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The Winslow mail. (Winslow, Ariz.) 1893-1926, March 09, 1923, Image 3

Image and text provided by Arizona State Library, Archives and Public Records; Phoenix, AZ

Persistent link: https://chroniclingamerica.loc.gov/lccn/sn96060765/1923-03-09/ed-1/seq-3/

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SPECIAL RUSH sEitVICE xecured II
Toil mrnllun tlila paper when writing
firms l>elow.
»-■" ' > ■ m
IIOHM-AUiGN JEWELRY CO.
Mffr. and repairing. All orders promptly
attended to. Est. 1879. 16th & Champa.
DYERS.
NEW— AUTO PARTS—USED
New guaranteed master and pinion
gears and axle shafts. A large stock of
used parts. All priced right. The West
ern Auto & Parts Co., 1220 Curtis at.
Phone Ch, 4919. Denver. Colo. -
JOS. I. SCHWA UP/,, Jewelry. Diamonds,
watch repairing. 1000 Sixteenth Street.
MoliiWAi'lQN DEPARTMENT
Commercial inquiries answered and
information gladly furnished without
cost. Address any firm above.
MEAT CONSUMPTION
SETS NEW RECORD
Washington.—More meat was con
sumed in the United States last year
than in any previous year, the Depart
ment of Agriculture announced here
recently. The total consumption was
estimated at 16,333,000,000 pounds,
which amounts to 149.7 pounds per
person, applying the July 1, 1922, esti
mate of population. The per capita
consumption showed an increase of six
pounds over 1921 and pounds over
1920.
“Coupled with the decrease in the
exports and somewhat higher prices to
purchasers in 1922,” the department
report said, “these figures evidence a
satisfactory state of the home market
due doubtless to the prosperous condi
tion and better purchasing power of
the people generally.”
The average meat bill per person
In 1922, according to the estimates,
was made up of 61.4 pounds of beef,
7.3 pounds of veal, 5 pounds of mut
ton and lamb and 70 pounds of pork.
All classes of meat except mutton and
lamb showed increased consumption.
The largest increase was in beef, 3.6
pounds per person, while the Increased
consumption of pork was only slightly
less, 3.1 pounds per capita. Lamb and
mutton decreased 1.2 pounds per cap
ita.
The conversion of com into lard by
means of the hog is one of the major
Industries of the country, the product
of which goes to all parts of the
world, the department announced. The
67,050,745 hogs slaughtered in 1922
yielded more than 9,000,000,000 pounds
of meat and 2,333,000,000 pounds of
lard. This is the highest production of
lard on record, and as the exports, al
though considerable, were less than in
1921, it follows that the total consump
tion also was highest. The per capita
consumption, however, was exceeded
in 1916.
VETERINARY INFORMATION IS
AVAILABLE FREE OF CHARGE*
Fort Collins, Colo. —The care of
your farm animals from thes tandpolnt
of health and sanitation Is important.
Colorado Agricultural College Exten
sion bulletins are available for free
distribution on veterinary subjects as
follows:
164-A, Stock Poisoning on the Range,
166-A, Some Common Parasites of
Live Stock In Colorado.
173-A, Prevention of some Hog Dis
eases.
175-A, Abortion Disease of Cattle.
182-A, Prevention of Blackleg.
154-A, Hemorrhagic Septicemia In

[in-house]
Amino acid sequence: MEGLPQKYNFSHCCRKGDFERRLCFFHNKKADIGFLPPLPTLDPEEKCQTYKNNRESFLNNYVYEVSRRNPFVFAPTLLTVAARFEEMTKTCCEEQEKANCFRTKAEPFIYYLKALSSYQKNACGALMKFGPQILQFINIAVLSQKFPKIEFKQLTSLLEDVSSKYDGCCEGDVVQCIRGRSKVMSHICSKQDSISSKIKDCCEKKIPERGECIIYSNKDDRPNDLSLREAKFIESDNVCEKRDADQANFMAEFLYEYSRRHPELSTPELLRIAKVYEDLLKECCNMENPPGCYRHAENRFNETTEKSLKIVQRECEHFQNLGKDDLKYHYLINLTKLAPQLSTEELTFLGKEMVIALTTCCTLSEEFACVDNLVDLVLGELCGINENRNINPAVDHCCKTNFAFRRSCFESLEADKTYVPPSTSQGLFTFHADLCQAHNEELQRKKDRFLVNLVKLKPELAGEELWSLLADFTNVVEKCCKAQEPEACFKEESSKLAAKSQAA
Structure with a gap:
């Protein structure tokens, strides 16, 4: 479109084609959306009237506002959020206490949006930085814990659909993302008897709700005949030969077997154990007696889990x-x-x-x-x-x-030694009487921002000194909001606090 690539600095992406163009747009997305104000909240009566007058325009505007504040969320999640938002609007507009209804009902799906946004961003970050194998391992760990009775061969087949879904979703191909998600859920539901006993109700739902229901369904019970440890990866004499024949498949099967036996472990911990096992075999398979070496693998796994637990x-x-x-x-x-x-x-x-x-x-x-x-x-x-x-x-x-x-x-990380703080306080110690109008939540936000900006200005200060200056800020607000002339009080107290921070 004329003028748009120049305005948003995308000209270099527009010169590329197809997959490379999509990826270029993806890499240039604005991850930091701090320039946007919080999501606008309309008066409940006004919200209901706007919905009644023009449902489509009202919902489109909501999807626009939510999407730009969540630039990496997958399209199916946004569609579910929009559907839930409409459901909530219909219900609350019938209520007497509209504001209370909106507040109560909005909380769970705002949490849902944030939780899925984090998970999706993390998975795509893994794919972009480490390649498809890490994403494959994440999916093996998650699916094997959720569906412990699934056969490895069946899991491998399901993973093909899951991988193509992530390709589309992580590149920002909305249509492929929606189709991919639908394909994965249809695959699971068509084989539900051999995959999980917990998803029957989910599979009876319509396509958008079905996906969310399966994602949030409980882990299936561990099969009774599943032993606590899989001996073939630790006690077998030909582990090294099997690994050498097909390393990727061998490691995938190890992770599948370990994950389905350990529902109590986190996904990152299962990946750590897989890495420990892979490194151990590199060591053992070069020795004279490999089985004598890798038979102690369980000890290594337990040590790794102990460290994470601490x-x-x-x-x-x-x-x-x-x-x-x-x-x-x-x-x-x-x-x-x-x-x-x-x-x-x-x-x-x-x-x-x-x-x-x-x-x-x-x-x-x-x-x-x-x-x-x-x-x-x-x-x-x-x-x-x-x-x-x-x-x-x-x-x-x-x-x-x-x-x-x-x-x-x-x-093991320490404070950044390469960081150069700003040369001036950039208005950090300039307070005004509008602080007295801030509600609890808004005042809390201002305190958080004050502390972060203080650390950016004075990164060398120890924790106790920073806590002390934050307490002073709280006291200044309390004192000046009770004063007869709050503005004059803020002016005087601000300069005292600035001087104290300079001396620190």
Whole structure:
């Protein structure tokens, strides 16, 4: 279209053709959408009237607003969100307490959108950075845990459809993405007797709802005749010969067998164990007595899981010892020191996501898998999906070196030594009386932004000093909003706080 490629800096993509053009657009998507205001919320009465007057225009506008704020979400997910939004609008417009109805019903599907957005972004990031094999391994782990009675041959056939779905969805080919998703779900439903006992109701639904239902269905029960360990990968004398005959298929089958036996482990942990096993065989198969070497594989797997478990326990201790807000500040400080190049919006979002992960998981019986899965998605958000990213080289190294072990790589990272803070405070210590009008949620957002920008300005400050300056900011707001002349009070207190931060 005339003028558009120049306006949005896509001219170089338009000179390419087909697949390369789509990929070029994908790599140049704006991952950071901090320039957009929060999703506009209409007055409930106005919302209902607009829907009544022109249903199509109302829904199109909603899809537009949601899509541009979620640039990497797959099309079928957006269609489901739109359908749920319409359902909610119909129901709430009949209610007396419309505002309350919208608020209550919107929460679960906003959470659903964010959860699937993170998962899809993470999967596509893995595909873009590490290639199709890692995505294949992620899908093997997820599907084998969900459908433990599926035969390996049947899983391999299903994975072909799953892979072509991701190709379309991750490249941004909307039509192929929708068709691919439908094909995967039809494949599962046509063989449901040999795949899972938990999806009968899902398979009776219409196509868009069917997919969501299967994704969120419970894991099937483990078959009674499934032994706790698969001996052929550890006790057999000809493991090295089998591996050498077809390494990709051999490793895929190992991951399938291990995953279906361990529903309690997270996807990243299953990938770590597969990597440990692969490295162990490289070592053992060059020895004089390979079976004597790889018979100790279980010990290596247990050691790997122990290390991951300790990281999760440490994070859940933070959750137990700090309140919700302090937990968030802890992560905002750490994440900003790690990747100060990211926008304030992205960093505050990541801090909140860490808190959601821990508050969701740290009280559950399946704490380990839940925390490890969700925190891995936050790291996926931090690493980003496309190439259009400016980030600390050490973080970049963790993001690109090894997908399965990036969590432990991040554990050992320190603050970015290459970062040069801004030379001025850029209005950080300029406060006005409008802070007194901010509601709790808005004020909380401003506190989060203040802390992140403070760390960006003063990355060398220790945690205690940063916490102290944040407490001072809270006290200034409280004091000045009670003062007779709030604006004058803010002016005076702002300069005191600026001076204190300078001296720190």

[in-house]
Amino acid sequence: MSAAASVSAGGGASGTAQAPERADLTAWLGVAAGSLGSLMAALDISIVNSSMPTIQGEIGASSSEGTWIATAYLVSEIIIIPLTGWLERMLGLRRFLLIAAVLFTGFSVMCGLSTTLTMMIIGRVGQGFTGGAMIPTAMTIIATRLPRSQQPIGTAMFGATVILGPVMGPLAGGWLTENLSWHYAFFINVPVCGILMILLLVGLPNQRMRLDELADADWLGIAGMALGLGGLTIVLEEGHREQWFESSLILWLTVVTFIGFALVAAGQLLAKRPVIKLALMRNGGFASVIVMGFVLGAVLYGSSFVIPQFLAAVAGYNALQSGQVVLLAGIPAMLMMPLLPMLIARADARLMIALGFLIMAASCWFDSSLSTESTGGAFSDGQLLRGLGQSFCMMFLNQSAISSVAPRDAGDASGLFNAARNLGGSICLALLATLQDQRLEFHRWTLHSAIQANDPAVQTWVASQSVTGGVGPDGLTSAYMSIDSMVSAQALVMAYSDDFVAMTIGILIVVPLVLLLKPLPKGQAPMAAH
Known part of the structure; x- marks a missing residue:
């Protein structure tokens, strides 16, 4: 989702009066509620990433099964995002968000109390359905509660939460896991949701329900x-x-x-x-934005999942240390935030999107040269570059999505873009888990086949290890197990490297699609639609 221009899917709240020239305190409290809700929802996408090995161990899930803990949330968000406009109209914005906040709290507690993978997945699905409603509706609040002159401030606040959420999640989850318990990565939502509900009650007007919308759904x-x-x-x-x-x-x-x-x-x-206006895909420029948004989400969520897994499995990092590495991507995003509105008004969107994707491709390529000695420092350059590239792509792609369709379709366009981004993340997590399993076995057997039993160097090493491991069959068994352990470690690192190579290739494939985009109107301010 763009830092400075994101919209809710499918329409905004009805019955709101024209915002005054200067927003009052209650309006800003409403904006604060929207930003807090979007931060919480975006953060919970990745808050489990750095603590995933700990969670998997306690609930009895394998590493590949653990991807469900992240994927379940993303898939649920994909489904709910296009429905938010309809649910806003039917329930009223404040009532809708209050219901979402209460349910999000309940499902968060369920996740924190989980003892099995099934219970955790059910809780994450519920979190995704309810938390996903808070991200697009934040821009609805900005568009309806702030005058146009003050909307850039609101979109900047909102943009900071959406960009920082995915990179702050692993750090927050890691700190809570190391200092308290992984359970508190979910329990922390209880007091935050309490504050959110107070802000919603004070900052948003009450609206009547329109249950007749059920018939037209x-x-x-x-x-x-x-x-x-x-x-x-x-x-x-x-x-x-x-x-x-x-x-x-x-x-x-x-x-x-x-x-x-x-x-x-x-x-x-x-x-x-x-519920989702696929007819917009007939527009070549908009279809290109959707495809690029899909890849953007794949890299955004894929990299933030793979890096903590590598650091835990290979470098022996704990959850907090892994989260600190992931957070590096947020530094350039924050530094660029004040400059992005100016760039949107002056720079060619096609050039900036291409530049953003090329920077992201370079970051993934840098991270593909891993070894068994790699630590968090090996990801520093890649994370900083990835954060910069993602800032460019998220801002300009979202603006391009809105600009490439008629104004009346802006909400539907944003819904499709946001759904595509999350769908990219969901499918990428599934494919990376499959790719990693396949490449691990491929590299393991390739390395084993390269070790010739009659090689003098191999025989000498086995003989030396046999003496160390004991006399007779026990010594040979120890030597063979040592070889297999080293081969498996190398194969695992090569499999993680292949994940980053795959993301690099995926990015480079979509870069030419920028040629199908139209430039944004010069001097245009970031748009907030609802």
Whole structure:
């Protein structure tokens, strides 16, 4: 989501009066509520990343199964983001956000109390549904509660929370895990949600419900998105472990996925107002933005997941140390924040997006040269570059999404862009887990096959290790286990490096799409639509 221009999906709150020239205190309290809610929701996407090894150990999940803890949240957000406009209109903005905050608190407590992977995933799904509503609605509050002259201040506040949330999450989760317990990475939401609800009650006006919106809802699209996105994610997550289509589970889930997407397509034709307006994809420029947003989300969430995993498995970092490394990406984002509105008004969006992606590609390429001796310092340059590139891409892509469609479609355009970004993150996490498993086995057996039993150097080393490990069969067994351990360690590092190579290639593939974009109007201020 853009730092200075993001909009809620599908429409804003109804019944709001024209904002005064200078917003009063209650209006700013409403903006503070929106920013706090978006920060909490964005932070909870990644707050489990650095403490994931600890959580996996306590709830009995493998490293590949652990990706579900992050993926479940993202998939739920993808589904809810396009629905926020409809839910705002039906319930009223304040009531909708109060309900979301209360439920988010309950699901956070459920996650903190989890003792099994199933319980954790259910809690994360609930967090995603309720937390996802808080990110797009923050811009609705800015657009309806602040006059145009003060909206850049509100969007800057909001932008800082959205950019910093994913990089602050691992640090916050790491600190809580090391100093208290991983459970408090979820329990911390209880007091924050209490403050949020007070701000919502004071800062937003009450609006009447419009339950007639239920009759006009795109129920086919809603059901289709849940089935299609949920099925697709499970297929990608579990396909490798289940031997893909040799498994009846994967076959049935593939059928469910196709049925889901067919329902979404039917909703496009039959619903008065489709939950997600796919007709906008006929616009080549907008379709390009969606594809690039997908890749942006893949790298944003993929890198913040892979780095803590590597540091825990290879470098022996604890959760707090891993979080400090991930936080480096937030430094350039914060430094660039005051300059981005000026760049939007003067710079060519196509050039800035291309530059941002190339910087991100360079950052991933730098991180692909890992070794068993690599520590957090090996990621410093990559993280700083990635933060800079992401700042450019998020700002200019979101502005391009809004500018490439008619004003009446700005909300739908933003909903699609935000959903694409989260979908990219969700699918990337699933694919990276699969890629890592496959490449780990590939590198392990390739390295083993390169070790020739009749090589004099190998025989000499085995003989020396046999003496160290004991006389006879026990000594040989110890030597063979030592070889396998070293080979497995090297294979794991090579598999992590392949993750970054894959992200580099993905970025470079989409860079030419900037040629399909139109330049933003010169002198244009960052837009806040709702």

Sheep.
Copies of these bulletins may be had
on request by number and title from
the Extension Service, Colorado Agri
cultural College, Fort Collins.
Cause of Hospital Fire Determined.
New York. —Spontaneous combustion
was advanced as the cause of the dis
astrous fire which killed twenty-seven
patients and nurses at the Manhattan
State Hospital for the Insane on
Ward’s Island, recently. Testimony
that defective wiring could not have
caused the fire was given at the in
quiry pressed by Medical Examiner
Norris, while Acting Mayor Hulbert
was in Albany conferring with Gov
ernor Smith on steps to protect other
Institutions In this city against fire
jnenace.
New Legal Code for Aircraft.
Washington. —A new legal code gov
erning use of air craft and radio in
time of war lias been completed by the
International commission of jurists ap
pointed under the Washington confer
ence to revise the rules of warfare, it
was announced at the State Depart
ment recently.
In reporting the agreement reached
at The Hague, John Bassell Moore, the
American representative, said the task
was completed and a final report
signed.
Voliva Guilty of Criminal Libel.
Chicago.—Wilbur Glenn Voliva was
found guilty by a jury here on a
charge of criminal libel. The action
was brought by tlie Rev. Thomas Nel
son, pastor of an “independent” church
In Zion City. He charged Voliva pub
lished a pamphlet, in which the over
seer referred to him as a “blather
skite,” “tom fool,” and “billy goat.”
A. V. Smith, state’s attorney, prose
cuting the case, argued that Vollva’s
action was an attempt to limit relig
ious liberty.
CONGRESS FAVORS
mEN bill
FURTHER RESTRICTION OF IM
MIGRATION BELIEVED lU BE
DESIRE OF COUNTRY.
MAY PASS AT THIS SESSION
Many Elements Besides Organized La
bor Urge Tightening of the Exclu
sion Provisions—Legislators Not In
clined to Heed the Protests.
By EDWARD B. CLARK
Washington. —Tlie bouse of repre
sentatives is about to give consider
ation to the immigration restriction
bill approved a day or two ago by the
house immigration committee. With
the feeling on this matter as it is to
day in the country, and especially in
congress, it is more than possible that
the bill will be enacted into law
quickly.
Washington has felt for a long time,
possibly of course mistakenly, that
sentiment throughout the country has
been focusing in behalf of some plan
further to keep immigrants out of the
country. The pleas of the manufac
turing and industrial interests gen
erally to raise the bars have had little